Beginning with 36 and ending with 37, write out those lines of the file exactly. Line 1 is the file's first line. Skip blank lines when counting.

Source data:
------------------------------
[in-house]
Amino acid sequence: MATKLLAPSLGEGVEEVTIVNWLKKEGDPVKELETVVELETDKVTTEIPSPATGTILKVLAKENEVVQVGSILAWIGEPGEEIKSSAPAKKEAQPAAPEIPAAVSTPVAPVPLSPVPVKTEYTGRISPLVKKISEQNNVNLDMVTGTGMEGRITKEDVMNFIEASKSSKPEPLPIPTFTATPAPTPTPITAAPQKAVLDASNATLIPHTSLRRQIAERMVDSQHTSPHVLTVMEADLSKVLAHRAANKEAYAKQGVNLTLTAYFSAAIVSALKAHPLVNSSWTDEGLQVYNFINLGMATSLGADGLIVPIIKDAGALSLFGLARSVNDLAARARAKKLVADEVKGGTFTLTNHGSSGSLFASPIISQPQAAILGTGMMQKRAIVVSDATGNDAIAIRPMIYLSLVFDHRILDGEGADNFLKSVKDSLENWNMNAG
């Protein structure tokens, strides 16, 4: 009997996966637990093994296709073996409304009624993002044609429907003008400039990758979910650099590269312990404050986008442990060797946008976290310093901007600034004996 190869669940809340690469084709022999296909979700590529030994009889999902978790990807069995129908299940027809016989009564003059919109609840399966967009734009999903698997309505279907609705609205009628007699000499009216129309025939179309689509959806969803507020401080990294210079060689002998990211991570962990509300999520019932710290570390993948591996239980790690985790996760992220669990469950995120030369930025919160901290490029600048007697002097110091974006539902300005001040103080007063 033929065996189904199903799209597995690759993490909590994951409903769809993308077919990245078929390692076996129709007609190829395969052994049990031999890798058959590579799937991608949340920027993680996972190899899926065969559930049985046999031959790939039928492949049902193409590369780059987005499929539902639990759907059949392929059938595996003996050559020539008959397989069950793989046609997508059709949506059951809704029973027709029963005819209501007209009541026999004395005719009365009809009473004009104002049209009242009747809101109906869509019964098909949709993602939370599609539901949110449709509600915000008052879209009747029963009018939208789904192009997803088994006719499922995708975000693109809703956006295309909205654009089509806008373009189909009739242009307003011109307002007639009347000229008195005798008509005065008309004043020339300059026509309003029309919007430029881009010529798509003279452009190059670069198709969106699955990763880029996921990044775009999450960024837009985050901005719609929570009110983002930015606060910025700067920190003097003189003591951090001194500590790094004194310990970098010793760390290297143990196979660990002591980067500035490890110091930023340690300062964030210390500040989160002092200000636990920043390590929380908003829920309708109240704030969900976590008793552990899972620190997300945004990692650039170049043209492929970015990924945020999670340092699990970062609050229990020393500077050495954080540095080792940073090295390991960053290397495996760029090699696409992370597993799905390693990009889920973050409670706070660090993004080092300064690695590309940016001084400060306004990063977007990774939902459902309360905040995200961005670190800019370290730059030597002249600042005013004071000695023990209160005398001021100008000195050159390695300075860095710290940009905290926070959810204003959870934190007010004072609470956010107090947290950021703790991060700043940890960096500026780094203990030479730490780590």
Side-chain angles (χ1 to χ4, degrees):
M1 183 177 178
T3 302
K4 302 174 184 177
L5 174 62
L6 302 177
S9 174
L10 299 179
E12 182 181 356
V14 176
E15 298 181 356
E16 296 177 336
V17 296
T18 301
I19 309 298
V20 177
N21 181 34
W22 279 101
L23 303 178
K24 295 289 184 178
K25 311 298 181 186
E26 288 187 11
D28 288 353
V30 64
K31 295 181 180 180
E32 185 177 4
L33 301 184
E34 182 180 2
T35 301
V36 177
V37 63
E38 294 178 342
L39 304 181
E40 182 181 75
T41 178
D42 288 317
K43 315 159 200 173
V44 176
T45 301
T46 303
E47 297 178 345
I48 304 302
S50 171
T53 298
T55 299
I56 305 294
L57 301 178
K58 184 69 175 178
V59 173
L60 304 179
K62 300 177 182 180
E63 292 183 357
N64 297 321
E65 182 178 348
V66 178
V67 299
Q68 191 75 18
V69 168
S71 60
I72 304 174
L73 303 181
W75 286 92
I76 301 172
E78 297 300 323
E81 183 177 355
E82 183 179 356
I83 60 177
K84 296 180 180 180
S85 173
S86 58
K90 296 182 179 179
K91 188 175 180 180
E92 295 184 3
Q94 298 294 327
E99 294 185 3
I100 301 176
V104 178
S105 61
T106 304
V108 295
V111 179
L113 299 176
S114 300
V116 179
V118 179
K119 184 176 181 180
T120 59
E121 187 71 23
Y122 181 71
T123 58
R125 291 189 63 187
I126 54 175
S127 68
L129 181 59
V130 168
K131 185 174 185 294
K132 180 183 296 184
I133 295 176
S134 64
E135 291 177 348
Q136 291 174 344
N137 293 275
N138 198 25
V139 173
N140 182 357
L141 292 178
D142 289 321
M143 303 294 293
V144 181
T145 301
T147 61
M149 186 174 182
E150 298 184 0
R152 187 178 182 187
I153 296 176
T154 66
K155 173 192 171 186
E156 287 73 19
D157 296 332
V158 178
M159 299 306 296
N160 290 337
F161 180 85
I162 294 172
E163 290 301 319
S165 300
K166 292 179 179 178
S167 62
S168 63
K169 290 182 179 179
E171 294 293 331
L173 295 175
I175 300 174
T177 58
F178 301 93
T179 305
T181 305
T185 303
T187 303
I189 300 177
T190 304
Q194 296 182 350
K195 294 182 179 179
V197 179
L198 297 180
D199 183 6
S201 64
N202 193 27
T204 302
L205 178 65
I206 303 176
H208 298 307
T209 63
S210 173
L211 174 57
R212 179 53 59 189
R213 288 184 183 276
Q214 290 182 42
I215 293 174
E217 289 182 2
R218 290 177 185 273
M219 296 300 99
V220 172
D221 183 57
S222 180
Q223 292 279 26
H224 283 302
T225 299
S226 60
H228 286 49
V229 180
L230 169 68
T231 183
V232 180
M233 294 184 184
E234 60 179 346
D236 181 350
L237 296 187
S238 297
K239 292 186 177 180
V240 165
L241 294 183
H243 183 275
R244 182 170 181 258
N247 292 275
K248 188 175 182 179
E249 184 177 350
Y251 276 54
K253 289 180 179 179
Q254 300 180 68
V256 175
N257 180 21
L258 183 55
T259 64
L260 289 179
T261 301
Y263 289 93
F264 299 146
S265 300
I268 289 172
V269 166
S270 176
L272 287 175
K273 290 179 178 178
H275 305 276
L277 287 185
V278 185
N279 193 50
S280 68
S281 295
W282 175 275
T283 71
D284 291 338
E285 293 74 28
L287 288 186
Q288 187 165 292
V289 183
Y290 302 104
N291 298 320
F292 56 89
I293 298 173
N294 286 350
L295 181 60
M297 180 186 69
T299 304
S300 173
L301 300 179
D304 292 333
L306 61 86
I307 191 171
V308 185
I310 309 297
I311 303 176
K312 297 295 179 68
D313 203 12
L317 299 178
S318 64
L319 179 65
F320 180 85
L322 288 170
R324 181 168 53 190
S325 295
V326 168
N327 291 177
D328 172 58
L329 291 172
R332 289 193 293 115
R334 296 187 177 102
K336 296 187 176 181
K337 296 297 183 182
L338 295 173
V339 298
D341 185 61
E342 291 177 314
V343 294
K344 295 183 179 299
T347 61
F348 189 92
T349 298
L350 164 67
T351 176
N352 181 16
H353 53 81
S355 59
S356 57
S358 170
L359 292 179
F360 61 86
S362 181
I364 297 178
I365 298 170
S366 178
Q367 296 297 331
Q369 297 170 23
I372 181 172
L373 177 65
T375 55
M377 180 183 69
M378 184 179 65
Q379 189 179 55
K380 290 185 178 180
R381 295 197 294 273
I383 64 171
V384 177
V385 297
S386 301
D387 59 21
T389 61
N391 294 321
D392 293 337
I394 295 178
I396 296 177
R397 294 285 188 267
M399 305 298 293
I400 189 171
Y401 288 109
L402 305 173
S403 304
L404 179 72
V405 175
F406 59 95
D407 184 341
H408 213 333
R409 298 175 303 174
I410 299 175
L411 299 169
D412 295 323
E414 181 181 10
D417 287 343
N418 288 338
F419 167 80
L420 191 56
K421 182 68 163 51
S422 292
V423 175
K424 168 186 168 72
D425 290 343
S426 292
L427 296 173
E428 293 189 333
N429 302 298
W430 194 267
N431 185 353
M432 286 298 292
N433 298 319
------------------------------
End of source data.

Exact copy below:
L39 304 181
E40 182 181 75